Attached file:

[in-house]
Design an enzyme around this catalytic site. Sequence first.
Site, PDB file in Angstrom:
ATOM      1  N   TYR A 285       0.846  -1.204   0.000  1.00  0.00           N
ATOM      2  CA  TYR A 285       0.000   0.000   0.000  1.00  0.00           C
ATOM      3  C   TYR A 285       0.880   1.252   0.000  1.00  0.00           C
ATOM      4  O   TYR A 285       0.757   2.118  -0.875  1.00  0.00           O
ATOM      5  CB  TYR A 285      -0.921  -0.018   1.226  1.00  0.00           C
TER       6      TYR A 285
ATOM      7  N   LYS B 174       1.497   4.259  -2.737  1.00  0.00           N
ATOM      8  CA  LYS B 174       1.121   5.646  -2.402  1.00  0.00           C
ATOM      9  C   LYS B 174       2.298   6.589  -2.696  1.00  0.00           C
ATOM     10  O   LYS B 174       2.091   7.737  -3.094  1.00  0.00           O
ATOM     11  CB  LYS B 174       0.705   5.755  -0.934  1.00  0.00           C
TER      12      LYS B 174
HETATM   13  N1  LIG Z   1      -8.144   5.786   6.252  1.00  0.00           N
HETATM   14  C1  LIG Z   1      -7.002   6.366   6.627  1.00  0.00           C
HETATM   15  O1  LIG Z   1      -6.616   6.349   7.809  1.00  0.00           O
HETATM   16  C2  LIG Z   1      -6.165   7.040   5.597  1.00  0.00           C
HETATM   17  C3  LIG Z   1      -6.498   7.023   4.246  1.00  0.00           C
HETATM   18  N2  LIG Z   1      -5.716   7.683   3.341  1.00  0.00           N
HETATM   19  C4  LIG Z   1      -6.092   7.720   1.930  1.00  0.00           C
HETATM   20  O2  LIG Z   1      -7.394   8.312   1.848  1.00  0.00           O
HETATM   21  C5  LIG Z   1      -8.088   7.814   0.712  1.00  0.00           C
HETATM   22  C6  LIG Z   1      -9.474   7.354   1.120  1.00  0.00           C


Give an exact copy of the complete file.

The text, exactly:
[in-house]
Design an enzyme around this catalytic site. Sequence first.
Site, PDB file in Angstrom:
ATOM      1  N   TYR A 285       0.846  -1.204   0.000  1.00  0.00           N
ATOM      2  CA  TYR A 285       0.000   0.000   0.000  1.00  0.00           C
ATOM      3  C   TYR A 285       0.880   1.252   0.000  1.00  0.00           C
ATOM      4  O   TYR A 285       0.757   2.118  -0.875  1.00  0.00           O
ATOM      5  CB  TYR A 285      -0.921  -0.018   1.226  1.00  0.00           C
TER       6      TYR A 285
ATOM      7  N   LYS B 174       1.497   4.259  -2.737  1.00  0.00           N
ATOM      8  CA  LYS B 174       1.121   5.646  -2.402  1.00  0.00           C
ATOM      9  C   LYS B 174       2.298   6.589  -2.696  1.00  0.00           C
ATOM     10  O   LYS B 174       2.091   7.737  -3.094  1.00  0.00           O
ATOM     11  CB  LYS B 174       0.705   5.755  -0.934  1.00  0.00           C
TER      12      LYS B 174
HETATM   13  N1  LIG Z   1      -8.144   5.786   6.252  1.00  0.00           N
HETATM   14  C1  LIG Z   1      -7.002   6.366   6.627  1.00  0.00           C
HETATM   15  O1  LIG Z   1      -6.616   6.349   7.809  1.00  0.00           O
HETATM   16  C2  LIG Z   1      -6.165   7.040   5.597  1.00  0.00           C
HETATM   17  C3  LIG Z   1      -6.498   7.023   4.246  1.00  0.00           C
HETATM   18  N2  LIG Z   1      -5.716   7.683   3.341  1.00  0.00           N
HETATM   19  C4  LIG Z   1      -6.092   7.720   1.930  1.00  0.00           C
HETATM   20  O2  LIG Z   1      -7.394   8.312   1.848  1.00  0.00           O
HETATM   21  C5  LIG Z   1      -8.088   7.814   0.712  1.00  0.00           C
HETATM   22  C6  LIG Z   1      -9.474   7.354   1.120  1.00  0.00           C